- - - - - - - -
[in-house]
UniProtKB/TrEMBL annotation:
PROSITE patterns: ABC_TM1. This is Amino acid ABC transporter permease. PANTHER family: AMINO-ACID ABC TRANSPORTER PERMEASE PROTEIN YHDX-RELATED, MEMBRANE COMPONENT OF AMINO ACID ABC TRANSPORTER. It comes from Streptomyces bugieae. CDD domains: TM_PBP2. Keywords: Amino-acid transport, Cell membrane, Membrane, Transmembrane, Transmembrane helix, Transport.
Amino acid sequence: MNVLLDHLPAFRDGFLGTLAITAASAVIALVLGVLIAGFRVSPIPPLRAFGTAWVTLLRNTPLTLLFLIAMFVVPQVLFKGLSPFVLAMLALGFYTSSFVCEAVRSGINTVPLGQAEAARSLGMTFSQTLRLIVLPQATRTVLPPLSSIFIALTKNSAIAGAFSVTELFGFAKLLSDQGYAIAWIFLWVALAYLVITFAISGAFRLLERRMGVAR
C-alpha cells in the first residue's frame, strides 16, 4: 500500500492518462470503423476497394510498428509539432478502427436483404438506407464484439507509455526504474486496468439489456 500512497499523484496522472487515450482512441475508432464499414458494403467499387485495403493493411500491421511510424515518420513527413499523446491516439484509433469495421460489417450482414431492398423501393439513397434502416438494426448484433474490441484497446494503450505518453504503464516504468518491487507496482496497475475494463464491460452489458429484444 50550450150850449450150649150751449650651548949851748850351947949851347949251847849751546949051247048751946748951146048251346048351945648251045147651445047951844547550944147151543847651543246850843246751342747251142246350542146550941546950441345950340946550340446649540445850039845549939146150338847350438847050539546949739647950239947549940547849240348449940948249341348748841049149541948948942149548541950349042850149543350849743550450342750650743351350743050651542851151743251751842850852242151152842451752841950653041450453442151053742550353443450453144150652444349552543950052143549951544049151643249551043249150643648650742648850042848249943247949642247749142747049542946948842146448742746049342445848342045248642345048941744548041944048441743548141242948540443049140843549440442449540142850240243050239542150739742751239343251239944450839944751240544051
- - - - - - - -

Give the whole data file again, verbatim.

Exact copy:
[in-house]
UniProtKB/TrEMBL annotation:
PROSITE patterns: ABC_TM1. This is Amino acid ABC transporter permease. PANTHER family: AMINO-ACID ABC TRANSPORTER PERMEASE PROTEIN YHDX-RELATED, MEMBRANE COMPONENT OF AMINO ACID ABC TRANSPORTER. It comes from Streptomyces bugieae. CDD domains: TM_PBP2. Keywords: Amino-acid transport, Cell membrane, Membrane, Transmembrane, Transmembrane helix, Transport.
Amino acid sequence: MNVLLDHLPAFRDGFLGTLAITAASAVIALVLGVLIAGFRVSPIPPLRAFGTAWVTLLRNTPLTLLFLIAMFVVPQVLFKGLSPFVLAMLALGFYTSSFVCEAVRSGINTVPLGQAEAARSLGMTFSQTLRLIVLPQATRTVLPPLSSIFIALTKNSAIAGAFSVTELFGFAKLLSDQGYAIAWIFLWVALAYLVITFAISGAFRLLERRMGVAR
C-alpha cells in the first residue's frame, strides 16, 4: 500500500492518462470503423476497394510498428509539432478502427436483404438506407464484439507509455526504474486496468439489456 500512497499523484496522472487515450482512441475508432464499414458494403467499387485495403493493411500491421511510424515518420513527413499523446491516439484509433469495421460489417450482414431492398423501393439513397434502416438494426448484433474490441484497446494503450505518453504503464516504468518491487507496482496497475475494463464491460452489458429484444 50550450150850449450150649150751449650651548949851748850351947949851347949251847849751546949051247048751946748951146048251346048351945648251045147651445047951844547550944147151543847651543246850843246751342747251142246350542146550941546950441345950340946550340446649540445850039845549939146150338847350438847050539546949739647950239947549940547849240348449940948249341348748841049149541948948942149548541950349042850149543350849743550450342750650743351350743050651542851151743251751842850852242151152842451752841950653041450453442151053742550353443450453144150652444349552543950052143549951544049151643249551043249150643648650742648850042848249943247949642247749142747049542946948842146448742746049342445848342045248642345048941744548041944048441743548141242948540443049140843549440442449540142850240243050239542150739742751239343251239944450839944751240544051